In Trumbull, parties have different means of achieving school board balance

Photo of Amanda Cuda
Exterior of Trumbull Town Hall, in Trumbull, Conn. April 5, 2017.

Exterior of Trumbull Town Hall, in Trumbull, Conn. April 5, 2017.

Ned Gerard / Hearst Connecticut Media

TRUMBULL — Twelve candidates will be running for eight seats on the town’s Board of Education — and a recent charter change means only four candidates from each party can win.

During the last election, Trumbull residents voted overwhelmingly in favor of a charter change that increased the Board of Education from seven members to eight, with no more than four members from any political party. Members also will have staggered four-year terms, so half the board is up for re-election every two years.

That means some of the candidates elected this year are running for two year terms, and some are running for four-year terms.

In this year’s election, the Trumbull Democrats are running a total of eight candidates — four for two-year terms, and four for four-year terms. The Republicans are only running four candidates, meaning all will be elected to either two-year or four-year terms.

Trumbull Democratic Party Chairman Tom Kelly said the Democrats opted to construct their slate this way because they were told by the Secretary of the State’s office that running less than four candidates in each category would make the ticket “under-endorsed,” meaning that any member of the party could petition to be put on the ballot, without needing the party’s official endorsement.

“We’re doing this because we’re not willing to assume the risk that someone unqualified could walk onto our ballot line,” Kelly said. “We nominated eight qualified candidates for the Board of Education and the people of Trumbull will decide which ones they would like.”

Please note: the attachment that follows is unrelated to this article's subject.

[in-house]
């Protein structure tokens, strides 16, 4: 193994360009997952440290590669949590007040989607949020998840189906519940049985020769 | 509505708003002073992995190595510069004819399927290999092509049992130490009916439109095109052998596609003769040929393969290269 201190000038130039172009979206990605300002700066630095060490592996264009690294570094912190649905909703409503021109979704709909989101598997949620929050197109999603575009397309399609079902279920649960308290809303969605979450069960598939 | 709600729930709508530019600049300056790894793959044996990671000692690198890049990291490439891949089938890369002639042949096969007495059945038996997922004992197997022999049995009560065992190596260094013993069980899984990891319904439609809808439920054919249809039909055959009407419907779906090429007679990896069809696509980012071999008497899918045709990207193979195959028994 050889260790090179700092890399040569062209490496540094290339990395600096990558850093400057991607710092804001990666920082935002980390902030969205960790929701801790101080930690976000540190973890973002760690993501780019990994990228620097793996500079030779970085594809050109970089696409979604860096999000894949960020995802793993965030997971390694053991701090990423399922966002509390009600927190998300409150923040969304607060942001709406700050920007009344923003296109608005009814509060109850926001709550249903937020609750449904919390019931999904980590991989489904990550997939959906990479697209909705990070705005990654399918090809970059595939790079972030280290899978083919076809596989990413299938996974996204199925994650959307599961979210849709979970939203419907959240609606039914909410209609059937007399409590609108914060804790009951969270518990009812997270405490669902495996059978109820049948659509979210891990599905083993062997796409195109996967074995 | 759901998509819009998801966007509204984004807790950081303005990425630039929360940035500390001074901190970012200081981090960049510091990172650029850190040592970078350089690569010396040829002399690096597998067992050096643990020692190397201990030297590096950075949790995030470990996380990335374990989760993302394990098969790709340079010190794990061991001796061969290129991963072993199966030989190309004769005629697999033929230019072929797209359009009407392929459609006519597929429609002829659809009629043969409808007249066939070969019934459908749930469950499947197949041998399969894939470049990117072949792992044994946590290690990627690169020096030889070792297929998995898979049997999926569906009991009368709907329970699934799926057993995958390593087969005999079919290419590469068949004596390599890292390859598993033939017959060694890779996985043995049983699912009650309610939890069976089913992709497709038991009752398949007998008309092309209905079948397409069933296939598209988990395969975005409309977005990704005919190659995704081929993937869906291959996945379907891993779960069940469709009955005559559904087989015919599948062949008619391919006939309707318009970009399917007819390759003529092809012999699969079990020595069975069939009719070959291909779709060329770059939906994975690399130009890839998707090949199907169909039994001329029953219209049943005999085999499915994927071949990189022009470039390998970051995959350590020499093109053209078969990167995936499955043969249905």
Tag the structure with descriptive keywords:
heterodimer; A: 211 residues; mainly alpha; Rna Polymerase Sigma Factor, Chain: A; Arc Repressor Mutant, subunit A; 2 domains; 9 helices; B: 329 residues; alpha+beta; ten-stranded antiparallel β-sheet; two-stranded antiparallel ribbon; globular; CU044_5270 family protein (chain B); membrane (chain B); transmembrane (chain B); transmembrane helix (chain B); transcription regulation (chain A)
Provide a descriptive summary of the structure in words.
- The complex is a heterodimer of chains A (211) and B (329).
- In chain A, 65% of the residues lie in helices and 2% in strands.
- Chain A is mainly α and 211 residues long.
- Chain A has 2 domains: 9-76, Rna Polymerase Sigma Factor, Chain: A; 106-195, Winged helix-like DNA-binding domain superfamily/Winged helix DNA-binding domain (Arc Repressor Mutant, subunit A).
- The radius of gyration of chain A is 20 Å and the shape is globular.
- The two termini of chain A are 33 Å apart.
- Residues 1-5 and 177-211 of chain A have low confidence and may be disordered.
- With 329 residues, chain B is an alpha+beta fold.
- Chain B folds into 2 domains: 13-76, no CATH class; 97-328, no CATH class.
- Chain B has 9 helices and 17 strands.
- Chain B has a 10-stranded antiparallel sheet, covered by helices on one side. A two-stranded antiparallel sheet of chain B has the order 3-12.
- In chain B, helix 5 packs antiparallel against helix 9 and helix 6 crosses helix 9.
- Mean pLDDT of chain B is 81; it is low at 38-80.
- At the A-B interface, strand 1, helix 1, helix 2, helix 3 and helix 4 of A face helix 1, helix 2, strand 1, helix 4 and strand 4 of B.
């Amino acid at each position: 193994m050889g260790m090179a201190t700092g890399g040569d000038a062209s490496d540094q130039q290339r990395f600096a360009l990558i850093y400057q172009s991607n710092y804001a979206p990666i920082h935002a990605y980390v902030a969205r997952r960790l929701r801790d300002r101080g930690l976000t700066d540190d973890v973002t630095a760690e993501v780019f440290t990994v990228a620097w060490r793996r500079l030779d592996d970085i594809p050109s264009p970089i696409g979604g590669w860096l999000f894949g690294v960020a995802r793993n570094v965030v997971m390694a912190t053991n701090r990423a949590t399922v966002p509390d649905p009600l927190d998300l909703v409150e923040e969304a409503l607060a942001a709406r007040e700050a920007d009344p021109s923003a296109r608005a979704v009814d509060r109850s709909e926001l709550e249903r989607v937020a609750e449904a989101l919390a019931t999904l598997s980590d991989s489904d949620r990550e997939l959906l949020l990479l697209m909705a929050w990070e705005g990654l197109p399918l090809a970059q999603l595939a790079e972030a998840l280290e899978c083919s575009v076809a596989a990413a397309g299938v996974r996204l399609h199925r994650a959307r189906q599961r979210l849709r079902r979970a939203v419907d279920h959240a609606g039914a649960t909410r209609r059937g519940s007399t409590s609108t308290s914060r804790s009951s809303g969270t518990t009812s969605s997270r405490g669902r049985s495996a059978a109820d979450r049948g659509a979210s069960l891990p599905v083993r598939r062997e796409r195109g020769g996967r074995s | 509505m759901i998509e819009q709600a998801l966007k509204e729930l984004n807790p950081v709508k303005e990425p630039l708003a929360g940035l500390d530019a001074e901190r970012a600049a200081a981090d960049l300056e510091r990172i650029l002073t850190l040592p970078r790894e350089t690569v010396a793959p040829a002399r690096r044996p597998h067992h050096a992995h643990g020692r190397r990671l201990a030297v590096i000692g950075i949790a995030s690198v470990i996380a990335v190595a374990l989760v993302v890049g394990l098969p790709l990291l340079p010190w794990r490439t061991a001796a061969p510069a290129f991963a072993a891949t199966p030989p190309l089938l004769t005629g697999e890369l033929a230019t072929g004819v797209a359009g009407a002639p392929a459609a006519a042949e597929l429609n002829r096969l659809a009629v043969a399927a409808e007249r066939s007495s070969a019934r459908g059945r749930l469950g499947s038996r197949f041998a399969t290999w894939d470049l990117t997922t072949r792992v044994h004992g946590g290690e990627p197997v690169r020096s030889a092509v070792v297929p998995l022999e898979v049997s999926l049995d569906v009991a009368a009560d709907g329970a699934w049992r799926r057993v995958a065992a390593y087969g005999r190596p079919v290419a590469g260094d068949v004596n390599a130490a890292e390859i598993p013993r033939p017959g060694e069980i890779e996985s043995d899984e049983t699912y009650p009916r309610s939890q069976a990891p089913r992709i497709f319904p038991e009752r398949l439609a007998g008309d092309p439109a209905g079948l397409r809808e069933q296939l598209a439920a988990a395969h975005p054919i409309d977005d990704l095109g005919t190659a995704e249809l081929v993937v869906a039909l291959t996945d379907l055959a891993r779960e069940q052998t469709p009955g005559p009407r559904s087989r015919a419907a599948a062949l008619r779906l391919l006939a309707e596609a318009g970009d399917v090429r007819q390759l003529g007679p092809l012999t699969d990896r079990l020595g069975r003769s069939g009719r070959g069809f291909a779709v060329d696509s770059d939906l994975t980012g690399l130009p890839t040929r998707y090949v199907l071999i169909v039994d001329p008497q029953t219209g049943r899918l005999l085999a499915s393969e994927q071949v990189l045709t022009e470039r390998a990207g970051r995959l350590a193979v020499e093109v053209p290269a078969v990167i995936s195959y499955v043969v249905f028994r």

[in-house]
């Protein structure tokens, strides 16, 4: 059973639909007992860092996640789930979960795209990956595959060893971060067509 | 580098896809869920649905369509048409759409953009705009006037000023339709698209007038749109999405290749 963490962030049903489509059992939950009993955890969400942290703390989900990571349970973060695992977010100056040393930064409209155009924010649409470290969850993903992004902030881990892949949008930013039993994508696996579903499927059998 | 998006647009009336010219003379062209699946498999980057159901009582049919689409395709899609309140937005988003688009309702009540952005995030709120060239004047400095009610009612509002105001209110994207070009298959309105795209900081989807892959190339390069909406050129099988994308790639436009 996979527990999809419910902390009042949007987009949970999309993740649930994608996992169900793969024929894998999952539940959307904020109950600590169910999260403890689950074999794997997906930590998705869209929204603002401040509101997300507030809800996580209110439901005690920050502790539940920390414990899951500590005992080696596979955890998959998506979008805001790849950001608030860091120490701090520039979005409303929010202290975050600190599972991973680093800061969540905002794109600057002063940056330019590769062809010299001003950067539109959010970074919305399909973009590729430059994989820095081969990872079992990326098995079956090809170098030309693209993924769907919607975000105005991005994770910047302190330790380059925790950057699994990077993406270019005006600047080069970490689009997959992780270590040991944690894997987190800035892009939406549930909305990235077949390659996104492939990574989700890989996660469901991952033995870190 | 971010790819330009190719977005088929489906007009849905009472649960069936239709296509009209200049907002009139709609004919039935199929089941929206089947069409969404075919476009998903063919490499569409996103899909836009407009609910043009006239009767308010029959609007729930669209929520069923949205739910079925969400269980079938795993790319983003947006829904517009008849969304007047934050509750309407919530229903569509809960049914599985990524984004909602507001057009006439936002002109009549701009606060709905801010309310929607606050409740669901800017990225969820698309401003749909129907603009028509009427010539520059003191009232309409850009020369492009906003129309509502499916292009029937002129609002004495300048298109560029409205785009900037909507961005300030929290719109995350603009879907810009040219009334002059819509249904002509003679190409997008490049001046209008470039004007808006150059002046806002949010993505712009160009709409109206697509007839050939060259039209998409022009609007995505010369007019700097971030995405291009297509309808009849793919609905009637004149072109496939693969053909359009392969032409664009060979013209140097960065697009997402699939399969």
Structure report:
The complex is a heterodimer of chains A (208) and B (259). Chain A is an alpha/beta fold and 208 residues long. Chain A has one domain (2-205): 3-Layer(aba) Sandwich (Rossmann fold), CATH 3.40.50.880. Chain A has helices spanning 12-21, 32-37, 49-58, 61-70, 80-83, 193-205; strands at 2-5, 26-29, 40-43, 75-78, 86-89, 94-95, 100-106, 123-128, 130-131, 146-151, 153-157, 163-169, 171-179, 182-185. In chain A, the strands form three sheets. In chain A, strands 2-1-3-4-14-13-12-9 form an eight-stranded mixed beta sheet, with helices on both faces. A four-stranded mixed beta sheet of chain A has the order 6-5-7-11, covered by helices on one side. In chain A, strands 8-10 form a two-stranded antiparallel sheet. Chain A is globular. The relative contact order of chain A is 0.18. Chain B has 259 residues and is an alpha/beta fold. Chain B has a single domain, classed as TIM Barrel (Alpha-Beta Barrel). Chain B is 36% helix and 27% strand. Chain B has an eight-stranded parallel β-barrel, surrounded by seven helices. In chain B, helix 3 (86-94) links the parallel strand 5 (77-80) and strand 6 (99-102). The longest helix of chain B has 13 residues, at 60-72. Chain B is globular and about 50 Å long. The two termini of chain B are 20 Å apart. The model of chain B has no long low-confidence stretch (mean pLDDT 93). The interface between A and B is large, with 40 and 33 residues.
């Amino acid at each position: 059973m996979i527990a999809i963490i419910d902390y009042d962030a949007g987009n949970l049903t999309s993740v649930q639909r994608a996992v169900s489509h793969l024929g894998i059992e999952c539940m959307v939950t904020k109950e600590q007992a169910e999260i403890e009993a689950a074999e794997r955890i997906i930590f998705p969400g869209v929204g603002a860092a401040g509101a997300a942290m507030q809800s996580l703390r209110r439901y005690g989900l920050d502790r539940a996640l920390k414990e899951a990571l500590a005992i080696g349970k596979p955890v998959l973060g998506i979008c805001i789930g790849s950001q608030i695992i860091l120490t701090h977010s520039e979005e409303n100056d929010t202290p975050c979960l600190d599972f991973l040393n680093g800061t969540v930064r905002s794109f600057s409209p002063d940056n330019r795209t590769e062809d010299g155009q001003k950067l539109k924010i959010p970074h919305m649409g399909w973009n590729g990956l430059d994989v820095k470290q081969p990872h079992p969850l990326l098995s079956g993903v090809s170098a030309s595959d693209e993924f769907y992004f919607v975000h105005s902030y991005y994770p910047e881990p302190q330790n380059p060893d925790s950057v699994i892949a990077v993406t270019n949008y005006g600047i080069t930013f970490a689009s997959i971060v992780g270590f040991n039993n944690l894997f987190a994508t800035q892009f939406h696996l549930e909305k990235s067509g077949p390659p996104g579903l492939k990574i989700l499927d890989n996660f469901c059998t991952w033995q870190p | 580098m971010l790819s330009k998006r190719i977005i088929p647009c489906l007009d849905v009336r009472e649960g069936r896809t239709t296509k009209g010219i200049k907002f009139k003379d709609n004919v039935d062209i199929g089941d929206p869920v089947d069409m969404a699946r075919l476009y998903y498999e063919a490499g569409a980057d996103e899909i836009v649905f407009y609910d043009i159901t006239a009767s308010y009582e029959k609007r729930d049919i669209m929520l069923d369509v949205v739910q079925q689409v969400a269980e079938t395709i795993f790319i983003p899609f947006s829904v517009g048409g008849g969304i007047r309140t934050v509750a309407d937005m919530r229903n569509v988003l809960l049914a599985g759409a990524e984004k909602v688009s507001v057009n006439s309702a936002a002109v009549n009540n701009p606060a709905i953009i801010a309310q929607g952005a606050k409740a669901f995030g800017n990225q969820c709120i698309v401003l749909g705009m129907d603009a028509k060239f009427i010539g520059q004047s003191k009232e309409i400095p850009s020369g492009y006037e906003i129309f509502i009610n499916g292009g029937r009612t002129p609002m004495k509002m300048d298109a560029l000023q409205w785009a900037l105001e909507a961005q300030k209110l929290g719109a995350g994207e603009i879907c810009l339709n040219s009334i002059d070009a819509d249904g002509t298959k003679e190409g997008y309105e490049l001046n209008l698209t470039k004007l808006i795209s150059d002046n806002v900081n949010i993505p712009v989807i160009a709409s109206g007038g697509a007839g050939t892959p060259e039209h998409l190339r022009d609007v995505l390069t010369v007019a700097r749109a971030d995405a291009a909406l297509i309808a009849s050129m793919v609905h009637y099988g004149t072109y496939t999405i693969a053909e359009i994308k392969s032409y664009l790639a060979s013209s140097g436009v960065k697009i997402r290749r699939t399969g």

The Democrats are running Christine El Eris, Julia McNamee, David Scrofani and incumbent Lucinda Timpanelli for the two-year terms. Kathy Champion, Lisa Nuland and incumbents Tim Gallo and Scot Kerr are running for the four-year terms.

The Republican Party is running Chris Bandecchi and incumbents Alison Squiccimarro, Marie Petitti and Jackie Norcel. All four candidates are up for both the four-year and two-year seats.

Bandecchi is also chairman of Trumbull’s Republican Town Committee, and said the new Board of Education composition necessitated by the charter revisions should be a step forward for the town.

“The board will hopefully be a representative, apolitical voice that represents our parents, children, and all taxpayers,” he said, adding that the new terms “will allow for continuity while still allowing for accountability.”

Both Kelly and Bandecchi said school improvements and pandemic-related challenges are among the key issues that will face board members moving forward. Kelly said, though most COVID protocols come from the state level “You want to make sure you’re leading Trumbull through the pandemic in right way.”

Bandecchi said a strong board is key to maintaining a strong school system.

“The BOE is the voice for our students and parents,” he said. “We believe in an actively engaged and transparent board that has oversight at the local level on issues from budgeting to curriculum.